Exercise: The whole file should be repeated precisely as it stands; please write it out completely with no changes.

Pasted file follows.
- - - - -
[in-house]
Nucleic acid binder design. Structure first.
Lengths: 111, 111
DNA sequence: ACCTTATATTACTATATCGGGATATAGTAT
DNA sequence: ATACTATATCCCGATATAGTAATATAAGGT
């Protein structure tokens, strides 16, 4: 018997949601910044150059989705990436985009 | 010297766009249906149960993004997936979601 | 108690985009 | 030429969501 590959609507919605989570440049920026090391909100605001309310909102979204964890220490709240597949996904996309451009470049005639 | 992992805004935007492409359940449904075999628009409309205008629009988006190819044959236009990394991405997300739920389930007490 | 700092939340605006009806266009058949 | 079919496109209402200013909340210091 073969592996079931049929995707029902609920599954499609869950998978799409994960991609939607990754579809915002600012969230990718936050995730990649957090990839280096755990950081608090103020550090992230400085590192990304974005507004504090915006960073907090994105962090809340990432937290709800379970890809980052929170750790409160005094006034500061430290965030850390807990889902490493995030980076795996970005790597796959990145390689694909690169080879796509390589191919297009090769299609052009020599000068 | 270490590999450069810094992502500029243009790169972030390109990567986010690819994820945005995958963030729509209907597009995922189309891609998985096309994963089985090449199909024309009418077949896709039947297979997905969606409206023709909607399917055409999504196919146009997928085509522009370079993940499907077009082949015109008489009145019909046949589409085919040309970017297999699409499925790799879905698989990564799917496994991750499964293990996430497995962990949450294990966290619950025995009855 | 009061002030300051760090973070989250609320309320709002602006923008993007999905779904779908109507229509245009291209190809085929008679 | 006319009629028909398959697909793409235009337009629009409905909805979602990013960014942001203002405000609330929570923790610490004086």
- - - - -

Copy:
[in-house]
Nucleic acid binder design. Structure first.
Lengths: 111, 111
DNA sequence: ACCTTATATTACTATATCGGGATATAGTAT
DNA sequence: ATACTATATCCCGATATAGTAATATAAGGT
């Protein structure tokens, strides 16, 4: 018997949601910044150059989705990436985009 | 010297766009249906149960993004997936979601 | 108690985009 | 030429969501 590959609507919605989570440049920026090391909100605001309310909102979204964890220490709240597949996904996309451009470049005639 | 992992805004935007492409359940449904075999628009409309205008629009988006190819044959236009990394991405997300739920389930007490 | 700092939340605006009806266009058949 | 079919496109209402200013909340210091 073969592996079931049929995707029902609920599954499609869950998978799409994960991609939607990754579809915002600012969230990718936050995730990649957090990839280096755990950081608090103020550090992230400085590192990304974005507004504090915006960073907090994105962090809340990432937290709800379970890809980052929170750790409160005094006034500061430290965030850390807990889902490493995030980076795996970005790597796959990145390689694909690169080879796509390589191919297009090769299609052009020599000068 | 270490590999450069810094992502500029243009790169972030390109990567986010690819994820945005995958963030729509209907597009995922189309891609998985096309994963089985090449199909024309009418077949896709039947297979997905969606409206023709909607399917055409999504196919146009997928085509522009370079993940499907077009082949015109008489009145019909046949589409085919040309970017297999699409499925790799879905698989990564799917496994991750499964293990996430497995962990949450294990966290619950025995009855 | 009061002030300051760090973070989250609320309320709002602006923008993007999905779904779908109507229509245009291209190809085929008679 | 006319009629028909398959697909793409235009337009629009409905909805979602990013960014942001203002405000609330929570923790610490004086």